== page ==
HBO’s “Silicon Valley” Brought to Life… Kind of
In the latest season of HBO’s popular comedy, “Silicon Valley,” the leaders of the fictional tech company, Pied Piper, launched an ICO for their “new internet” product.
In an example of life imitating art, or perhaps art imitating art, a few developers not affiliated with the show have launched their own PiedPiperCoin (PPI). The creators have been running a very “on brand” social media campaign, using relevant references from the show and even interacting with Twitter accounts with large followings. They did not sell any coins (although they can now be purchased on a few decentralized exchanges), focusing rather on airdrops and bounties for people who opted in.
In what would have been considered brilliant marketing had it been created by the show, what should we consider it under these unique circumstances?
Could this be considered a Scam?
A coin is created, based on a TV show, but not created by that TV show. Sound fishy? PiedPiperCoin agrees:
@piedpipercoin Best. Scam. Ever. pic.twitter.com/mPmTXAIMIJ
— natrick ? (@patnealcodes) May 19, 2018
— piedpipercoin (@piedpipercoin) May 19, 2018
This situation in some ways feels reminiscent to the emergence of Dogecoin, a coin created in late 2013 based on this internet meme:
In the past few years, Dogecoin has appreciated in value to as high as almost 2 cents per coin and has cultivated a ongoing community. According to its Wikipedia, Dogecoin can be transacted within a few Bitcoin ATMs around the world and has been involved in fundraising efforts for the Winter Olympics and NASCAR.
At what point does a joke or a “scam” become something of utility? PiedPiperCoin’s whitepaper lacks actual guidance (but the jokes are great).
Is PiedPiperCoin kind of like a CryptoKitty?
In 2017, the first Ethereum Decentralized Application (DApp), CryptoKitties took the Crypto community by storm, allowing players to buy unique digital cats as collectibles. The Blockchain allows these collectibles to be unique, so that they cannot be copied, giving them value.
With PiedPiperCoin increasing in value from a few cents to almost a dollar, is this a new frontier for fans? Are these coins worth something to fans of the show? The answer so far is yes.
This has been furthered by a second meme coin, Hoolicoin, based on the company that parodies Google as the evil conglomerate on the show. Their memes are also spot on, using a pivotal character, Hooli CEO Gavin Belson:
Move over #dogecoin & $PPI @gavinbelson_ coming with #hoolicoin $HLI pic.twitter.com/sG4M4Dw8TP
— Hoolichain (@realhoolicoin) June 5, 2018
However, if HBO and the creators of the show feel that the coins are infringing on their intellectual property, could they shut the entire thing down? The people behind the coins are thus far anonymous, which harkens back to a few of the issues Blockchain Beach’s contributor Morvareed surfaced in a recent legal article.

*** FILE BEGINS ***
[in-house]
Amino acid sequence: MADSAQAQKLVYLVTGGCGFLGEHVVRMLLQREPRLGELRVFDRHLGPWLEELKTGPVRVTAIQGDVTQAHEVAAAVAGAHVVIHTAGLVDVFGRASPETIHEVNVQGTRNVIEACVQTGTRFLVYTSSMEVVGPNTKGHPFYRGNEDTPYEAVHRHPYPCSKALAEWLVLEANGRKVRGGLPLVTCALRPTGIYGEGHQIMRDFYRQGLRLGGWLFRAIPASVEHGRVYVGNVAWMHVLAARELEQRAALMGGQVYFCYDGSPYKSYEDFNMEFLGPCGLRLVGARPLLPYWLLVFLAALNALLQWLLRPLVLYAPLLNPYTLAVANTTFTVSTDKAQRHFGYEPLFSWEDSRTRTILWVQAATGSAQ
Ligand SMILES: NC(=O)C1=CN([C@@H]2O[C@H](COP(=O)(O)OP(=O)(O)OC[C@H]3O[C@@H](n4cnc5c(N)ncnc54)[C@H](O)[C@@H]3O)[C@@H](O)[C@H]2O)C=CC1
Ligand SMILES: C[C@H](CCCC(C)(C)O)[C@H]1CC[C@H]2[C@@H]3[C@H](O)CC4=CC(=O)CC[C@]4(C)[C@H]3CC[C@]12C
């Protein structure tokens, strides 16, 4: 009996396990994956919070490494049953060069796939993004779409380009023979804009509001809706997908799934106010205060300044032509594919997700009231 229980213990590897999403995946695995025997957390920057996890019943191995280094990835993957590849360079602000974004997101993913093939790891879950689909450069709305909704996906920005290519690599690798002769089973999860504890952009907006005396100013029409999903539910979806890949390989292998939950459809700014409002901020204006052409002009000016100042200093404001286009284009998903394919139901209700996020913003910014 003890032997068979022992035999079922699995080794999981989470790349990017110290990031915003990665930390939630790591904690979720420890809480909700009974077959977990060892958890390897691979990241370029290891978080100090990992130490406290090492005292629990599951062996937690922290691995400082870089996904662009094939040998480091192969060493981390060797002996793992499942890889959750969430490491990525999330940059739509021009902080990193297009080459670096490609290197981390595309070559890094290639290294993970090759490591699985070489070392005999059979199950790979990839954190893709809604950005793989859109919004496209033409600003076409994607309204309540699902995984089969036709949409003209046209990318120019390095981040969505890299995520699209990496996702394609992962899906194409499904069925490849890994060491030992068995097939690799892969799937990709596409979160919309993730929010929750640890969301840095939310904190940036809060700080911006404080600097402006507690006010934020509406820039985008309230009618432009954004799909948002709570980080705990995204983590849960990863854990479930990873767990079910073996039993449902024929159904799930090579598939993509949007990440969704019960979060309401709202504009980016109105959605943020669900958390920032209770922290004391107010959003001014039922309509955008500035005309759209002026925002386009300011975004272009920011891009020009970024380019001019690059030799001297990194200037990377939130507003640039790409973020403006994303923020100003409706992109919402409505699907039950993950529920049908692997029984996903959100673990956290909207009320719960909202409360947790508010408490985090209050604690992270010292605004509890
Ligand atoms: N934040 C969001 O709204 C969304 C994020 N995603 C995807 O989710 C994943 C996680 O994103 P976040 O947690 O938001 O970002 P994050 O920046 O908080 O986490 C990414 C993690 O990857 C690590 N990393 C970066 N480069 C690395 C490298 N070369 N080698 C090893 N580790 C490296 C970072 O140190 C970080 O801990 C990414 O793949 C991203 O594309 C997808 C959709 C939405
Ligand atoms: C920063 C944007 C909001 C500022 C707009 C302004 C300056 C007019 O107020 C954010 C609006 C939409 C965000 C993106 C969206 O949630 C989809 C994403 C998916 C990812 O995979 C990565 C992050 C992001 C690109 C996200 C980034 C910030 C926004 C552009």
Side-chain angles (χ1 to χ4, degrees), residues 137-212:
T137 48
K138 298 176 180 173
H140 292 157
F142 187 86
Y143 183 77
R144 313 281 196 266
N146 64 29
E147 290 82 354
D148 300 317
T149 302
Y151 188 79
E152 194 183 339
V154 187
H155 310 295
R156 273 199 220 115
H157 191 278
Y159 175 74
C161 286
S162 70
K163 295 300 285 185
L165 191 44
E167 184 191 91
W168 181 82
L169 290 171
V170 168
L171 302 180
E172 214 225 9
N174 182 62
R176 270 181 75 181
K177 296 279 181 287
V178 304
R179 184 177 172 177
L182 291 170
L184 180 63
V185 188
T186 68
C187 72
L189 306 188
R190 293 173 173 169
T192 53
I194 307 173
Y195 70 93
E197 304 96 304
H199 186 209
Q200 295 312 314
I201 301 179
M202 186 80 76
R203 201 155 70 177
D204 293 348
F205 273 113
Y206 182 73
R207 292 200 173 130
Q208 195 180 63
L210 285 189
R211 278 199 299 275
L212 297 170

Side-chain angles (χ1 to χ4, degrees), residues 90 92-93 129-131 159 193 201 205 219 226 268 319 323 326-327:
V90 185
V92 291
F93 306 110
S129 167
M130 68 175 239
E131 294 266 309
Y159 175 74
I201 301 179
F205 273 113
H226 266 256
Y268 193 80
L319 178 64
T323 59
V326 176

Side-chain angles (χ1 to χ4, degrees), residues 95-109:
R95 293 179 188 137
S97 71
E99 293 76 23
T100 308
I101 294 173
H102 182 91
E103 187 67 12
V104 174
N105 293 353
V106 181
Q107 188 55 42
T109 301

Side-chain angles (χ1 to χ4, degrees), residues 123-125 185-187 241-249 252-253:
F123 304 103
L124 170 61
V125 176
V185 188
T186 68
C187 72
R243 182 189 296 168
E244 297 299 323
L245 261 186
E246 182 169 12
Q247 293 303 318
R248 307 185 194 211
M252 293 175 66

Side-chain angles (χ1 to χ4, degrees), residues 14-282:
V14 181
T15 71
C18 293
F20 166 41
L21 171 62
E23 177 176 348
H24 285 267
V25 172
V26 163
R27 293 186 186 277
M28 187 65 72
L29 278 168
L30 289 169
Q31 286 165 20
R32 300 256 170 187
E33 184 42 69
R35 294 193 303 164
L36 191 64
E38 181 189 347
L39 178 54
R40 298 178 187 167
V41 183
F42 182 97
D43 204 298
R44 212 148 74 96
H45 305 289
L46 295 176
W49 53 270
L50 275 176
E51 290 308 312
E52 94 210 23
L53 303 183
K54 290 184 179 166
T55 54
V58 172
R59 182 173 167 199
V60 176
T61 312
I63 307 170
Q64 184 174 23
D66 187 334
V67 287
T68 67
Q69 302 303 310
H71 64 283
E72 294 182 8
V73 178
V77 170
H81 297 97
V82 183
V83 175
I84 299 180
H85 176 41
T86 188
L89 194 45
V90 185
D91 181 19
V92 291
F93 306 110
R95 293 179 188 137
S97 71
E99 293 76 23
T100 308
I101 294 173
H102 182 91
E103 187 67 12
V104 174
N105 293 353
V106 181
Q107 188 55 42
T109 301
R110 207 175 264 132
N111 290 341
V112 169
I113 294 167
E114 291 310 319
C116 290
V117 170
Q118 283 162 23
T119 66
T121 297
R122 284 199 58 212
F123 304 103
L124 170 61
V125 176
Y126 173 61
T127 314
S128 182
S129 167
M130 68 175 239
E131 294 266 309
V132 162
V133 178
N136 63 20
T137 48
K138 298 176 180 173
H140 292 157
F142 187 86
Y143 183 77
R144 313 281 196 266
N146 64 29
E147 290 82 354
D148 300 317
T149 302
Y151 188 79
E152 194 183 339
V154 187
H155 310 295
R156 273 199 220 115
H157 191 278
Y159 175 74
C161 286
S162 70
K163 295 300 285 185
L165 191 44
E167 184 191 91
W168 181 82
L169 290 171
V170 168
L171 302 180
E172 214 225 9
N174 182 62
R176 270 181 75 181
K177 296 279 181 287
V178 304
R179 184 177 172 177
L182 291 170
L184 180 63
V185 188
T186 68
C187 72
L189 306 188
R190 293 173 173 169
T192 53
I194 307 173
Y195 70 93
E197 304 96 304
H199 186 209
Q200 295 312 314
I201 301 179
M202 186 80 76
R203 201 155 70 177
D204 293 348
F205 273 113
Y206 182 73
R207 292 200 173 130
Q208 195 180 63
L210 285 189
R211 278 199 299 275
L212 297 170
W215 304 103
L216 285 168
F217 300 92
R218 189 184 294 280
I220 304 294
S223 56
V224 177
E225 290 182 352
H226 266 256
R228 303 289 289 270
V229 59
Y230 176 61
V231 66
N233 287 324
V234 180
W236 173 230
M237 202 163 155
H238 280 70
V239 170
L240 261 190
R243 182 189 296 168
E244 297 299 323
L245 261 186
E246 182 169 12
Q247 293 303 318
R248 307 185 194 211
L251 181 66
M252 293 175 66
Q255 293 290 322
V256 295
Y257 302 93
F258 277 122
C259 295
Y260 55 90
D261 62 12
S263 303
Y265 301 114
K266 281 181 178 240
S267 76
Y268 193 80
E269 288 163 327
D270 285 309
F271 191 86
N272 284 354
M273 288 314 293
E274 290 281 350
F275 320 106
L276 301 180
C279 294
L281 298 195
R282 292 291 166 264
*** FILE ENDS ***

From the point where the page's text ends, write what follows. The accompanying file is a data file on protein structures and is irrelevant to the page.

Most prevalent, who is there for HBO to sue?
Is PiedPiperCoin a Security?
The author is not a legal professional and none of the following paragraph should be taken as legal or regulatory advice.
Here is where the future of the project may dictate its fate with the Securities and Exchange Commission (SEC). In its current state as a currency/collectible, it may be on the correct side of regulations. However, if the creators use their newfound value and community to launch a company, it may be considered a Security.
According to CoinCenter, the SEC did not look favorable on a similar technique during the dot com boom, stating in 1999:
In each of the four cases, the investors were required to sign up with the issuers’ web sites and disclose valuable personal information in order to obtain shares. Free stock recipients were also offered extra shares, in some cases, for soliciting additional investors or, in other cases, for linking their own websites to those of an issuer or purchasing services offered through an issuer. Through these techniques, issuers received value by spawning a fledgling public market for their shares, increasing their business, creating publicity, increasing traffic to their websites, and, in two cases, generating possible interest in projected public offerings.
Currently PiedPiperCoin’s website lists a joke roadmap (plus their FAQ is hilarious), so its unclear what, if anything, they are planning to do:
Although they are hiring developers and taking applications via a Google Form:
Apply here –> https://t.co/T26FpRr2AK
— piedpipercoin (@piedpipercoin) May 28, 2018
And held their first in person Meetup in San Francisco on Thursday May 31st, 2018:
I’m interested to see what’s next, both from a legal and regulatory perspective and as a fan of innovative community building practices! This is yet another example of new value creation mechanisms enabled by Blockchain and Crypto.